Studies show that weaning stress can reduce antioxidant production and increase the level of free radicals in tissues or blood. Antioxidant capacity is positively related to the immune capacity of an animal; therefore, it is important to enhance the antioxidant capacity of weaned piglets to resist weaning stress. The antioxidant enzymes, superoxide dismutase, glutathione peroxidase, and catalase are the major components of the animal antioxidant system, and their activity helps to evaluate the antioxidant capacity of the body. Malondialdehyde (MDA) levels indirectly reflect the degree of cellular damage from a stressor; MDA is a marker of oxidative stress and antioxidant status. This study found that the inclusion of 1000 mg/kg GCP significantly increases the level of antioxidant enzymes while reducing the amount of serum MDA. All the GCP inclusion levels (500, 1000 and 2000 mg/kg) led to higher levels of total antioxidant capacity compared to those in the control birds.
The spleen is involved in both innate and adaptive immune responses and the degree of immunocompetence can be estimated by the expression profile of inflammatory genes. In this study, researchers measured the relative gene expression of pro-inflammatory cytokines in the spleen; it is important to note that the overexpression of these cytokines means the health is adversely affected. It was found that feeding piglets a diet supplemented with 1000 mg/kg GCP resulted in lower expression of pro‐inflammatory cytokines, indicating an improved immune status of the spleen that promotes the growth performance and health of weaned piglets.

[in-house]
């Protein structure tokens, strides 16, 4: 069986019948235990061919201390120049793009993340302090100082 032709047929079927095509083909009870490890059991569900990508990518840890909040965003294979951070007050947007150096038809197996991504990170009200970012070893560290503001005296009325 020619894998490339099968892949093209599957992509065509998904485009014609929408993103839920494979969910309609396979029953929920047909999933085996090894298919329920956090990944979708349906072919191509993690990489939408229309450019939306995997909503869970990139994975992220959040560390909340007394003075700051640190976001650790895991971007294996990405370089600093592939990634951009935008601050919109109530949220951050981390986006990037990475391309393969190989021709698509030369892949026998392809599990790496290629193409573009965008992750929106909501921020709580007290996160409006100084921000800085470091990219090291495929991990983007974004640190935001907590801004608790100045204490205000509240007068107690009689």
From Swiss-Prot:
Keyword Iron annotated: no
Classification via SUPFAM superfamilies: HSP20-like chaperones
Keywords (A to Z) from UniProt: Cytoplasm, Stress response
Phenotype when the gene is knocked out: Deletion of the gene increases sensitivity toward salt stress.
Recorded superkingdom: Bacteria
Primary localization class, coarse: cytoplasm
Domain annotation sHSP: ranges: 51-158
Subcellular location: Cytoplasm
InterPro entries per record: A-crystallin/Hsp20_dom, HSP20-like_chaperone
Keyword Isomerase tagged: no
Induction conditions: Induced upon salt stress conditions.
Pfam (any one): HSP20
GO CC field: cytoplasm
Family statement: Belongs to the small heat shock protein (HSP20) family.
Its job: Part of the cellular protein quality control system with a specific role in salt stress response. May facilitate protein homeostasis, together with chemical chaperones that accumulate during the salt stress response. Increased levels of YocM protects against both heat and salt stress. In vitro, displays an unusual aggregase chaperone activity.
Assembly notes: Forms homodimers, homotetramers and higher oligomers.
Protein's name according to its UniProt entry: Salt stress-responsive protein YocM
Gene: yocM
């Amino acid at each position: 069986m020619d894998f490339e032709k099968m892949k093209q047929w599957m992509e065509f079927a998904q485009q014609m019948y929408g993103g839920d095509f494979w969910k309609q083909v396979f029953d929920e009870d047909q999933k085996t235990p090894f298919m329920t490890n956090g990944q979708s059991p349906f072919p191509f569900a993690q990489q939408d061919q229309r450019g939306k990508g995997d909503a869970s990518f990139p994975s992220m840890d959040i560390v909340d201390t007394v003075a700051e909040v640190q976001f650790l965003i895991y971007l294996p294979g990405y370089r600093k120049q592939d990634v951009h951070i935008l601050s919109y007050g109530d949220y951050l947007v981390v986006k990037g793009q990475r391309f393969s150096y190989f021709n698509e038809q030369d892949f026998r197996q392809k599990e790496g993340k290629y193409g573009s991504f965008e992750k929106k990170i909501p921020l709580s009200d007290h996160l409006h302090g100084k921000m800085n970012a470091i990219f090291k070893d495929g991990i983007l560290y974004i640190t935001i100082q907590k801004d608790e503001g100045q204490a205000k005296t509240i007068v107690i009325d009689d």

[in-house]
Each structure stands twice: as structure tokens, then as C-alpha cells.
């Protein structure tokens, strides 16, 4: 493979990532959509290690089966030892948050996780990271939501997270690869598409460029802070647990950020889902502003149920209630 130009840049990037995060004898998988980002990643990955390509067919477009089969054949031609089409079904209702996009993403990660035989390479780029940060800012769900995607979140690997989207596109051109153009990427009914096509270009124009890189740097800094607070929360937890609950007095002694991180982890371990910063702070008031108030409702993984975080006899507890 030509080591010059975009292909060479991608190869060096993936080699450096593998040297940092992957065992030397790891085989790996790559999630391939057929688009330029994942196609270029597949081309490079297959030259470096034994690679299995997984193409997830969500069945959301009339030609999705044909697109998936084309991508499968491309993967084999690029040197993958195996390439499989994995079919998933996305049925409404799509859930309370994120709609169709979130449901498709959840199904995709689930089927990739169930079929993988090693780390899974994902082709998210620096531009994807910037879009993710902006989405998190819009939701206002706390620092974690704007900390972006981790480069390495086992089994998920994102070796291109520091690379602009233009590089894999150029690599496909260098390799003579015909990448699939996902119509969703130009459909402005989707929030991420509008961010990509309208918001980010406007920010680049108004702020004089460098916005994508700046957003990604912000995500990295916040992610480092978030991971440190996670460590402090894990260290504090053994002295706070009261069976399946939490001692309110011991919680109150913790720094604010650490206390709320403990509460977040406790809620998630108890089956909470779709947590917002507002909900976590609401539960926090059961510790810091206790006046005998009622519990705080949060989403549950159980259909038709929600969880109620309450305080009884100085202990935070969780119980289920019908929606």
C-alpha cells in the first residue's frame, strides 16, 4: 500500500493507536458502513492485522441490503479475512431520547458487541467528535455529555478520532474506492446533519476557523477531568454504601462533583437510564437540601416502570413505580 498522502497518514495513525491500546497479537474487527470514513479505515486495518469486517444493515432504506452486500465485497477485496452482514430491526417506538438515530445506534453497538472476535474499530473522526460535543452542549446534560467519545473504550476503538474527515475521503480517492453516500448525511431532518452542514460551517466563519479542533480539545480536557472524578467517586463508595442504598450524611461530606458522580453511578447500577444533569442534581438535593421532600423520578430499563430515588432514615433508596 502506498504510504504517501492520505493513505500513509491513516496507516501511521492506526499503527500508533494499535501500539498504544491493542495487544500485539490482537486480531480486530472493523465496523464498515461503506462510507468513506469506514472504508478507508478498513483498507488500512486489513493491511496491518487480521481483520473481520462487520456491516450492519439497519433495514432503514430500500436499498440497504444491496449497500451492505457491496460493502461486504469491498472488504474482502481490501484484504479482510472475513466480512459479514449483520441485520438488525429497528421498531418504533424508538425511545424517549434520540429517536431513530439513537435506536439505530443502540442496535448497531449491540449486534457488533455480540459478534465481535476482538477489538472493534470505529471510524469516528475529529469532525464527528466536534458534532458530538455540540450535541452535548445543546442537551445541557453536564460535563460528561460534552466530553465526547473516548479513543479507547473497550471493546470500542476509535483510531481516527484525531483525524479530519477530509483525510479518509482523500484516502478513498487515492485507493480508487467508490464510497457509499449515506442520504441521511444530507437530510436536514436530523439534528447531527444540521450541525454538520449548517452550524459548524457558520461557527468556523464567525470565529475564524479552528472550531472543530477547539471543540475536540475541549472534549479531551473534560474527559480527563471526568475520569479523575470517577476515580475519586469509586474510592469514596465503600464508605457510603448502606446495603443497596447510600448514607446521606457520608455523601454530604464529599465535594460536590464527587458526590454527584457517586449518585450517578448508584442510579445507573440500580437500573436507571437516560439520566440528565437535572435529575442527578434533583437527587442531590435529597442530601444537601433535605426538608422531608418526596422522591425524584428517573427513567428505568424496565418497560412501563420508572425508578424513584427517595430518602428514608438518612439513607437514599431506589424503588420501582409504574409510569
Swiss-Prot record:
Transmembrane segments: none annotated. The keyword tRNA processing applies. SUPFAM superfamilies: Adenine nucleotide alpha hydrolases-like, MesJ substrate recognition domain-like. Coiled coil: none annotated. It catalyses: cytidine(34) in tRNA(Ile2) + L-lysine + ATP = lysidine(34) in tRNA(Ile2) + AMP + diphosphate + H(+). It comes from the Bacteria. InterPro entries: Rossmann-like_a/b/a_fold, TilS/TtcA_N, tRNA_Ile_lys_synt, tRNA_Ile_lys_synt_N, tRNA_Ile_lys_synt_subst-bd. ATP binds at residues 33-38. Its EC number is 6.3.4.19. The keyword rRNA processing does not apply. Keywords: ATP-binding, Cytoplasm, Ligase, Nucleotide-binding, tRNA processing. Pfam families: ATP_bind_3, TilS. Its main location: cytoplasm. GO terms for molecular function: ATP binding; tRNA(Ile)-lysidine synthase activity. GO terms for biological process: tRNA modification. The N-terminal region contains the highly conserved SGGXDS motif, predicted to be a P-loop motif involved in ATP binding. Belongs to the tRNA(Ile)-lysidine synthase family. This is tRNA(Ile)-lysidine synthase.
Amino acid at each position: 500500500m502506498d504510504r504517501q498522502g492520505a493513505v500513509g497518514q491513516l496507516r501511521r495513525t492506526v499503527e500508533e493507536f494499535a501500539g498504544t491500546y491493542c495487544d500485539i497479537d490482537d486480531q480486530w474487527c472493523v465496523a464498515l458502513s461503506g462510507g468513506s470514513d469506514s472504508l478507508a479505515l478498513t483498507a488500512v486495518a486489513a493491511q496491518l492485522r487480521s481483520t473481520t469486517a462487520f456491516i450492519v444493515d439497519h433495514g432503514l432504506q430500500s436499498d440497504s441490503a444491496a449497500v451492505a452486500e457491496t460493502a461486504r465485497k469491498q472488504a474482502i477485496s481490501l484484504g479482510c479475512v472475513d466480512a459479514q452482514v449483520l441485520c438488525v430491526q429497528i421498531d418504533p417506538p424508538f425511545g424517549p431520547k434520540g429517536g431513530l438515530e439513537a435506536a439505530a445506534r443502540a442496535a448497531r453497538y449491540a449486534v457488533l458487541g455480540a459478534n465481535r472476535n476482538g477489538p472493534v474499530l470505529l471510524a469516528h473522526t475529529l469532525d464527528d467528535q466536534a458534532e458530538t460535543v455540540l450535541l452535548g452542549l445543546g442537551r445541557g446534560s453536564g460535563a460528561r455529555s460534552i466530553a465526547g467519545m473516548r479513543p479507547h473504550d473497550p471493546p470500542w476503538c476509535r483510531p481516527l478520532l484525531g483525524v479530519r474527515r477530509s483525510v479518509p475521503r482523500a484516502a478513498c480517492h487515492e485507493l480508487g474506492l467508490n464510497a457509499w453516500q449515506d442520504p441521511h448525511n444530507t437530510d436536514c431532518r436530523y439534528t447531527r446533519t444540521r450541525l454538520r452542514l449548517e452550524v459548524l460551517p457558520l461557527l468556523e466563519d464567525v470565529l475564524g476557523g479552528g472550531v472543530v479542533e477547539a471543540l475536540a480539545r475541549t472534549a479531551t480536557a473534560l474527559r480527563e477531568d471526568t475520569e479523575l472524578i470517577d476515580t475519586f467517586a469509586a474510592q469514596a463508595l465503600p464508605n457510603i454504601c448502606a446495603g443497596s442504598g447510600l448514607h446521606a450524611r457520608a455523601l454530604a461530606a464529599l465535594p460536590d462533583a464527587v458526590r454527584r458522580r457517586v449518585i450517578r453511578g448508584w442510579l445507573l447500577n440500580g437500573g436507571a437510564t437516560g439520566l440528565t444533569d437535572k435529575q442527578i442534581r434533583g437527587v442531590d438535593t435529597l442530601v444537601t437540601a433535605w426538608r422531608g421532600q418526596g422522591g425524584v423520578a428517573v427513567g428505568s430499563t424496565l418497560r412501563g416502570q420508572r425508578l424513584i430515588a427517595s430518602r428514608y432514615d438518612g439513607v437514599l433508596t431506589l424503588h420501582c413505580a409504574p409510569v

The supplementation with GCP resulted in improvements in growth performance for all the inclusion levels (Table 1). Improvement in growth performance was attributed to the prebiotic properties of the polysaccharide that could improve the intestinal environment by increasing the development of the beneficial bacterium and inhibiting bacterial pathogens.
Similarly, the incidence of diarrhoea is closely related to gut health, with a lower incidence considered beneficial for gut health. This study revealed that piglets fed diets containing the Glycyrrhiza polysaccharide had a lower incidence of diarrhoea compared to the unsupplemented diet (Table 1). Hence, one of the possible factors of better growth performance with the GCP treatment group is attributed to less frequent diarrhoea.
In the current study, researchers confirmed that licorice (Glycyrrhiza) polysaccharide supplementation enhances the health of weaned piglets by improving immune functions and growth performance. Plant polysaccharides have a prebiotic effect that helps improve the intestinal environment by increasing the development of beneficial bacteria and inhibiting bacterial pathogens. It was recommended that diets supplemented with 1000 mg/kg GCP be used as an effective strategy for relieving weaning stress in piglets.